In Dubai, nothing succeeds like excess.
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Twenty-five years ago, Dubai was a dusty settlement of 275,000 on the Persian Gulf. Its prosperous pearl-diving industry had collapsed with the rise of cultured pearls, and those who thrived best in the region were nomads moving through the desert on camelback. Today Dubai is a million-plus member of the United Arab Emirates and a city whose indulgences fascinate and confound the rest of the world. Contrary to expectations, its stunning economic growth rate of 11 percent per year isn’t fueled by fuel (oil revenue accounts for only 5 percent of the emirate’s GDP), but rather by an exploding commercial and service sector. Outrageous extravagance is Dubai’s status quo. The Burj al Arab hotel is so exclusive it offers a helicopter pad in case you’d rather not drive up to the main entrance. Chopper’s out for repairs? Just dock your yacht in the private harbor next door. The city is also home to the Burj Dubai, which at more than 2,200 feet—and rising—is the world’s tallest building. Off the city’s coast, an artificial island shaped like a giant palm tree is visible from space. The World, a manmade archipelago with 300 islands each resembling a country, is nearly sold out, though the islands range in price from $15 million to $250 million. Rod Stewart is said to have bought England. Tommy Lee owns Greece. The party has to end sometime, skeptics insist. But they’ve been declaring that for a decade. Meanwhile, Dubai dances on a table in the VIP room of the world, swigging from a magnum of Cristal.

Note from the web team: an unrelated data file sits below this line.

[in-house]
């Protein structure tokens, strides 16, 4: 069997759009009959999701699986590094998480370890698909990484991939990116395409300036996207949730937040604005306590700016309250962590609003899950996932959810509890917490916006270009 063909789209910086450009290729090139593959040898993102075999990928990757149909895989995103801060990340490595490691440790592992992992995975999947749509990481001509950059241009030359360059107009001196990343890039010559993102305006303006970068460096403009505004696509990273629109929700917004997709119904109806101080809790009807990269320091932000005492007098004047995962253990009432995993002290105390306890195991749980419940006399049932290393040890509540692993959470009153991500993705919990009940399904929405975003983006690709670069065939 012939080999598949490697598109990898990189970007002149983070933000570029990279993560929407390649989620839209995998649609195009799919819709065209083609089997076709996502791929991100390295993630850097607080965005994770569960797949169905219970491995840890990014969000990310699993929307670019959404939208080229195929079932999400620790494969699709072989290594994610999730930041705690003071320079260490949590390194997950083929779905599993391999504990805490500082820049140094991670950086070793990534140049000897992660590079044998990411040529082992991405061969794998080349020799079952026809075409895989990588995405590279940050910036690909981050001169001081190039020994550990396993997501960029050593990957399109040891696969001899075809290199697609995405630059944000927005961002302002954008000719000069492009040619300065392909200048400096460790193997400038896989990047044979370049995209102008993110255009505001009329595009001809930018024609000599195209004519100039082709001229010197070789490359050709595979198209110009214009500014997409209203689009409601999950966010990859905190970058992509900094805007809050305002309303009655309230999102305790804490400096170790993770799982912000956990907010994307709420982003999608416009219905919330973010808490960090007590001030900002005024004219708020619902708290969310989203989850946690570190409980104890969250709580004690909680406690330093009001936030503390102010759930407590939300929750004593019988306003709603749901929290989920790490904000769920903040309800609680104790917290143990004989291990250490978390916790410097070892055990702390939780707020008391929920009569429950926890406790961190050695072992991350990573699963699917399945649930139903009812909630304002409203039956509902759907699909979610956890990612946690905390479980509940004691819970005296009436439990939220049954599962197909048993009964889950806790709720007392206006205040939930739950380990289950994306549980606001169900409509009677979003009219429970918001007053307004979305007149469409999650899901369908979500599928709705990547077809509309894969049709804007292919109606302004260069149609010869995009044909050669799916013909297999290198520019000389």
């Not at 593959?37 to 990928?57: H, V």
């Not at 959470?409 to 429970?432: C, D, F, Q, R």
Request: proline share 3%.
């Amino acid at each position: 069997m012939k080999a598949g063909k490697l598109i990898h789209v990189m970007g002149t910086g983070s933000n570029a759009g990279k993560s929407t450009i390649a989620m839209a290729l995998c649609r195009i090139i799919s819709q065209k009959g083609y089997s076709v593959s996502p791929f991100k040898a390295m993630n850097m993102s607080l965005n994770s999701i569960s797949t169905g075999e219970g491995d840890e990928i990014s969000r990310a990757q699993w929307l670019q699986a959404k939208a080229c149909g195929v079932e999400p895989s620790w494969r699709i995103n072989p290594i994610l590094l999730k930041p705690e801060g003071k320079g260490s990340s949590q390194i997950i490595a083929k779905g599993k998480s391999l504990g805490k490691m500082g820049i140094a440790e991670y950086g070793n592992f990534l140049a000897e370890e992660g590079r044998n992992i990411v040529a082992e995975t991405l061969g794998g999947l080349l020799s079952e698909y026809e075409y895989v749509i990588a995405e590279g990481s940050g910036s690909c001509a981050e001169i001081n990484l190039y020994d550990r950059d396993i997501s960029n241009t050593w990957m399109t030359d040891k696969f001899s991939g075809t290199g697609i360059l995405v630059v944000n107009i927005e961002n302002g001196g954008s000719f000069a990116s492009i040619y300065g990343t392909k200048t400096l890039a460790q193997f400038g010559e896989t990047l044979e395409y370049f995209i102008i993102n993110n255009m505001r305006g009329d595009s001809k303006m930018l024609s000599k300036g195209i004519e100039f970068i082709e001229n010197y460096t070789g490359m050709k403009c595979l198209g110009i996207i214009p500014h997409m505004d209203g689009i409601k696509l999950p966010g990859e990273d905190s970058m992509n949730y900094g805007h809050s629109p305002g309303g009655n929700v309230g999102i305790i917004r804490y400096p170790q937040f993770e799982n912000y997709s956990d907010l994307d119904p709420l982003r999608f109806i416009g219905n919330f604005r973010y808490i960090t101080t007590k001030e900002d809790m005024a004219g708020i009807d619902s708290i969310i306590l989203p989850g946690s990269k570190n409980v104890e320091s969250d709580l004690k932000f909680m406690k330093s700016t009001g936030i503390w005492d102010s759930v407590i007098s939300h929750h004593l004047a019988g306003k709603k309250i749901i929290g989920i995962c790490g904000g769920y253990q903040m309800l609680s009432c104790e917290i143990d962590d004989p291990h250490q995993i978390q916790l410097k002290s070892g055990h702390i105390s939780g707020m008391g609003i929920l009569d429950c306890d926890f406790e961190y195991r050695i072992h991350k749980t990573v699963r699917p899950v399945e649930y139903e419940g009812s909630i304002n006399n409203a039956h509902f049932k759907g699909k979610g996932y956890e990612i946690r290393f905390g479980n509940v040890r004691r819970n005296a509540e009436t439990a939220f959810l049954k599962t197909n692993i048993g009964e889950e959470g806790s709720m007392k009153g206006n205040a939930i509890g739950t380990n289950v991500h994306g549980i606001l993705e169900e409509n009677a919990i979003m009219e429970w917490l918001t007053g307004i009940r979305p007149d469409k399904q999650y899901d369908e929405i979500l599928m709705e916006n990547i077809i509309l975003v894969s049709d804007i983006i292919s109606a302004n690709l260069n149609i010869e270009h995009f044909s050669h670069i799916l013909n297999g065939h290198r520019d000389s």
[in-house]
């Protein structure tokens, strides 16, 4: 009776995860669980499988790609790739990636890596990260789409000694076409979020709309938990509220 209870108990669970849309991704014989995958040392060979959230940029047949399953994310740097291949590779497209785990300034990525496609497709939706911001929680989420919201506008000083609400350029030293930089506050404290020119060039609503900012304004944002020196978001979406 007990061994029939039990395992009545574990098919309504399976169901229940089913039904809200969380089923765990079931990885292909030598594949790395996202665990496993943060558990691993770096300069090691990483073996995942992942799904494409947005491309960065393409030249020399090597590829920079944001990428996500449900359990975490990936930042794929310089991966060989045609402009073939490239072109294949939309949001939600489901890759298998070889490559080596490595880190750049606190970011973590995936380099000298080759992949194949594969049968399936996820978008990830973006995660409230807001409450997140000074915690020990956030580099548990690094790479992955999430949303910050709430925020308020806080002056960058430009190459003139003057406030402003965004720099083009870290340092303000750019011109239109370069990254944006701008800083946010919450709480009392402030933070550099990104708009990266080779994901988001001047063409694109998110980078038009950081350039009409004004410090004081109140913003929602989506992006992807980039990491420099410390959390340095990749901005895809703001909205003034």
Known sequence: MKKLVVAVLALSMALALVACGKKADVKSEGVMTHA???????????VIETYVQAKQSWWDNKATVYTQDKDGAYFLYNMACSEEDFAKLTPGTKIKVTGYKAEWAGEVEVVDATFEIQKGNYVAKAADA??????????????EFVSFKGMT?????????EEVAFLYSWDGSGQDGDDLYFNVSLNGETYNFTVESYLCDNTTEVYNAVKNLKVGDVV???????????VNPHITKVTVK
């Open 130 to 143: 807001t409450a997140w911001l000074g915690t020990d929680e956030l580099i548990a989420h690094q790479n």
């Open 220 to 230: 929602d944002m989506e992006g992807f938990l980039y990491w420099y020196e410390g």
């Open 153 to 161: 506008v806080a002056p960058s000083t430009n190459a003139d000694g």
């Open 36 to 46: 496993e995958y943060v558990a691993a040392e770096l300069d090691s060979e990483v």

Teun Voeten is an award-winning photojournalist whose work has been published in Vanity Fair, Newsweek, and The New Yorker, among others.
Photography and text by Teun Voeten